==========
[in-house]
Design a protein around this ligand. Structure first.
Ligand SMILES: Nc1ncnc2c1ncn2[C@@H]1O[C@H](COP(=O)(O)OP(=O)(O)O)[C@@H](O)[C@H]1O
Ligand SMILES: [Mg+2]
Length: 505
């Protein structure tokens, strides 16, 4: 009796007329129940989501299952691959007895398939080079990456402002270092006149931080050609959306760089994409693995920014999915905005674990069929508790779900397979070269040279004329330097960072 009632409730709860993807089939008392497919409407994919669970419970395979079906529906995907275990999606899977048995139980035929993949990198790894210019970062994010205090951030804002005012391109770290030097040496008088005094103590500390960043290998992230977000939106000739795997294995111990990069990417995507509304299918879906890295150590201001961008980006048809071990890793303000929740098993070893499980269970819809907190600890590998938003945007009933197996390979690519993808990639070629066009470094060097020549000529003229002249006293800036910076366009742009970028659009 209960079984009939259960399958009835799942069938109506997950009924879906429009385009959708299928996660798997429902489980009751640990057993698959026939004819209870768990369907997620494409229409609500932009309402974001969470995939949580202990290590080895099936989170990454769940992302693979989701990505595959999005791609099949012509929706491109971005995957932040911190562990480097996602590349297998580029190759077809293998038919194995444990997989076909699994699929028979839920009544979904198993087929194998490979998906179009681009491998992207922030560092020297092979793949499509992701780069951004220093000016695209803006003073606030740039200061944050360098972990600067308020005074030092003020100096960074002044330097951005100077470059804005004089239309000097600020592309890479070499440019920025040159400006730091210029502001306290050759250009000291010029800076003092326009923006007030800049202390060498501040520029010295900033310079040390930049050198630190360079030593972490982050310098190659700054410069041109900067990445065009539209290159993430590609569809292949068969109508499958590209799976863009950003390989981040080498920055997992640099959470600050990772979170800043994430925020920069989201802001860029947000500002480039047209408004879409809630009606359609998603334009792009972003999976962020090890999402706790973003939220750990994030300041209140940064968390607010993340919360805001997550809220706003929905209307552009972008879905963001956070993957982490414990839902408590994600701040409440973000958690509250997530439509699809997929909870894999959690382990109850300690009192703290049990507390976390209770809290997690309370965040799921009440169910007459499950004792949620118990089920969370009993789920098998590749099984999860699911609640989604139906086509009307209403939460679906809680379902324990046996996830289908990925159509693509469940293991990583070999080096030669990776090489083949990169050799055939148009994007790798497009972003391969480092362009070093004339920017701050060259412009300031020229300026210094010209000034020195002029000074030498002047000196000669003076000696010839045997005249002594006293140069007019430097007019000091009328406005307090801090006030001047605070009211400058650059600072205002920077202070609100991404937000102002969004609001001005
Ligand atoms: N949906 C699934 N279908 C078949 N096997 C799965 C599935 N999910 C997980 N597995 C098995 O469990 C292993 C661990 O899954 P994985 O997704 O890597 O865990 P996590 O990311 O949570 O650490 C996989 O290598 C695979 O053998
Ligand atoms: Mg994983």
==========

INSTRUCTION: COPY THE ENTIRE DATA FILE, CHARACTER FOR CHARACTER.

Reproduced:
[in-house]
Design a protein around this ligand. Structure first.
Ligand SMILES: Nc1ncnc2c1ncn2[C@@H]1O[C@H](COP(=O)(O)OP(=O)(O)O)[C@@H](O)[C@H]1O
Ligand SMILES: [Mg+2]
Length: 505
């Protein structure tokens, strides 16, 4: 009796007329129940989501299952691959007895398939080079990456402002270092006149931080050609959306760089994409693995920014999915905005674990069929508790779900397979070269040279004329330097960072 009632409730709860993807089939008392497919409407994919669970419970395979079906529906995907275990999606899977048995139980035929993949990198790894210019970062994010205090951030804002005012391109770290030097040496008088005094103590500390960043290998992230977000939106000739795997294995111990990069990417995507509304299918879906890295150590201001961008980006048809071990890793303000929740098993070893499980269970819809907190600890590998938003945007009933197996390979690519993808990639070629066009470094060097020549000529003229002249006293800036910076366009742009970028659009 209960079984009939259960399958009835799942069938109506997950009924879906429009385009959708299928996660798997429902489980009751640990057993698959026939004819209870768990369907997620494409229409609500932009309402974001969470995939949580202990290590080895099936989170990454769940992302693979989701990505595959999005791609099949012509929706491109971005995957932040911190562990480097996602590349297998580029190759077809293998038919194995444990997989076909699994699929028979839920009544979904198993087929194998490979998906179009681009491998992207922030560092020297092979793949499509992701780069951004220093000016695209803006003073606030740039200061944050360098972990600067308020005074030092003020100096960074002044330097951005100077470059804005004089239309000097600020592309890479070499440019920025040159400006730091210029502001306290050759250009000291010029800076003092326009923006007030800049202390060498501040520029010295900033310079040390930049050198630190360079030593972490982050310098190659700054410069041109900067990445065009539209290159993430590609569809292949068969109508499958590209799976863009950003390989981040080498920055997992640099959470600050990772979170800043994430925020920069989201802001860029947000500002480039047209408004879409809630009606359609998603334009792009972003999976962020090890999402706790973003939220750990994030300041209140940064968390607010993340919360805001997550809220706003929905209307552009972008879905963001956070993957982490414990839902408590994600701040409440973000958690509250997530439509699809997929909870894999959690382990109850300690009192703290049990507390976390209770809290997690309370965040799921009440169910007459499950004792949620118990089920969370009993789920098998590749099984999860699911609640989604139906086509009307209403939460679906809680379902324990046996996830289908990925159509693509469940293991990583070999080096030669990776090489083949990169050799055939148009994007790798497009972003391969480092362009070093004339920017701050060259412009300031020229300026210094010209000034020195002029000074030498002047000196000669003076000696010839045997005249002594006293140069007019430097007019000091009328406005307090801090006030001047605070009211400058650059600072205002920077202070609100991404937000102002969004609001001005
Ligand atoms: N949906 C699934 N279908 C078949 N096997 C799965 C599935 N999910 C997980 N597995 C098995 O469990 C292993 C661990 O899954 P994985 O997704 O890597 O865990 P996590 O990311 O949570 O650490 C996989 O290598 C695979 O053998
Ligand atoms: Mg994983």